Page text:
1. One of those most common reasons is for behavior problems
2. Public perception of how many animals die in shelters on the daily: 5% of what it actually is
3. 90% of those dogs that die in shelters are adoptable, or can be with care and treatment.

savethemallinfographic

Image credit bestfriends.org

Save Them All. It’s a powerful idea, and one worth pursuing as a collective rescue community. But for those of us who spend any length of time in the world of rescue, we know it’s easier said than done. With limited resources (space, funds, appropriately matched foster and adoptive homes, hours in a volunteer’s day) and way more dogs going into shelters than heading out, “saving them all” isn’t so easy.

Coming up with clear points that identify the 90% adoptable vs. the 10% unadoptable is another issue that has many more layers of difficulty. Sometimes, a dog may pass all standard behavior tests in the shelter. They may adapt well (or well enough) to different living environments, over and over again, or up to a point. Well meaning volunteers or adopters may push that dog further than it can adapt to, or not recognize warning signs of behavior challenges until they escalate to a point that become more stressful or difficult than they could or should have been.  In fact, this issue is partly addressed by Dr. Yin in her article “Adopting a Dog: Some Dogs are Easier Than Others”  as she writes “passing a shelter evaluation doesn’t mean a perfect pet.”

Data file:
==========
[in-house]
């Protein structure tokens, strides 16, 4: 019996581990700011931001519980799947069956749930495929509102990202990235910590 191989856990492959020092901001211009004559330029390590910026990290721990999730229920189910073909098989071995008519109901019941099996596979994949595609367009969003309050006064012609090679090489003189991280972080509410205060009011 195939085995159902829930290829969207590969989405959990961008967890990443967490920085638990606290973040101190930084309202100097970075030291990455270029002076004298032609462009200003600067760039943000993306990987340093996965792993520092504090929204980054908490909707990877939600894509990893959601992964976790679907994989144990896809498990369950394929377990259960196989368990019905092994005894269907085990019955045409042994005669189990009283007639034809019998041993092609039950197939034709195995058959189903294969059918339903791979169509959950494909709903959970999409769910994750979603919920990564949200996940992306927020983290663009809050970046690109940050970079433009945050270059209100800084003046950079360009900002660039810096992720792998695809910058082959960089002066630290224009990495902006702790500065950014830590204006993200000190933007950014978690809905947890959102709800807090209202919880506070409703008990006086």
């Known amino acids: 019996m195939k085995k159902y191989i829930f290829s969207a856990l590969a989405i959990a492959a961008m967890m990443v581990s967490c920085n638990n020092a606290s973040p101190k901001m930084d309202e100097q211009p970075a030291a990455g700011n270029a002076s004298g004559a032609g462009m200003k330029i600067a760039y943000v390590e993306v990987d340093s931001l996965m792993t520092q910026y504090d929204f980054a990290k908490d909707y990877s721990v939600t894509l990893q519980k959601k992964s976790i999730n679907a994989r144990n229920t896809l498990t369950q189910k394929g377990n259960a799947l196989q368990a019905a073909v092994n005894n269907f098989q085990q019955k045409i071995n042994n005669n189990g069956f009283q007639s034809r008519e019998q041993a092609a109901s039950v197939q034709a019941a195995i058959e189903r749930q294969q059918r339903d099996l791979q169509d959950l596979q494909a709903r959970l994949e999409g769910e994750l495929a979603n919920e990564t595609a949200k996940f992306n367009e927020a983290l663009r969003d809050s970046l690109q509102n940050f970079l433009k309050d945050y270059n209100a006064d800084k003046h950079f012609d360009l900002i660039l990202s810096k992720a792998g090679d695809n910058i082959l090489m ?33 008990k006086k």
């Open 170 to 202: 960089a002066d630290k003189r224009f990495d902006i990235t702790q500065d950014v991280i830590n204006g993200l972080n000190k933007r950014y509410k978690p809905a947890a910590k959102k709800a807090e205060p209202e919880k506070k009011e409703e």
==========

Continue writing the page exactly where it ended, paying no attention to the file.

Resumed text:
Dogs with certain behavior challenges and fear based issues can be placed, and I love seeing those hard-to-place dogs go home, to the right home. In my volunteer experience, Lucky Dog has successfully screened homes for and placed MANY fearful dogs, and they thrive in those homes with patient and loving adopters (even if they spend several months or more than a year looking for the right forever). But, as someone who has screened many adoption applications over the years, the #1 behavior issue adopters identify as a deal breaker is aggression. I can count on less than one hand the number of applicants that do not readily and adamantly admit that aggression would be grounds for a return. And I don’t blame them for that.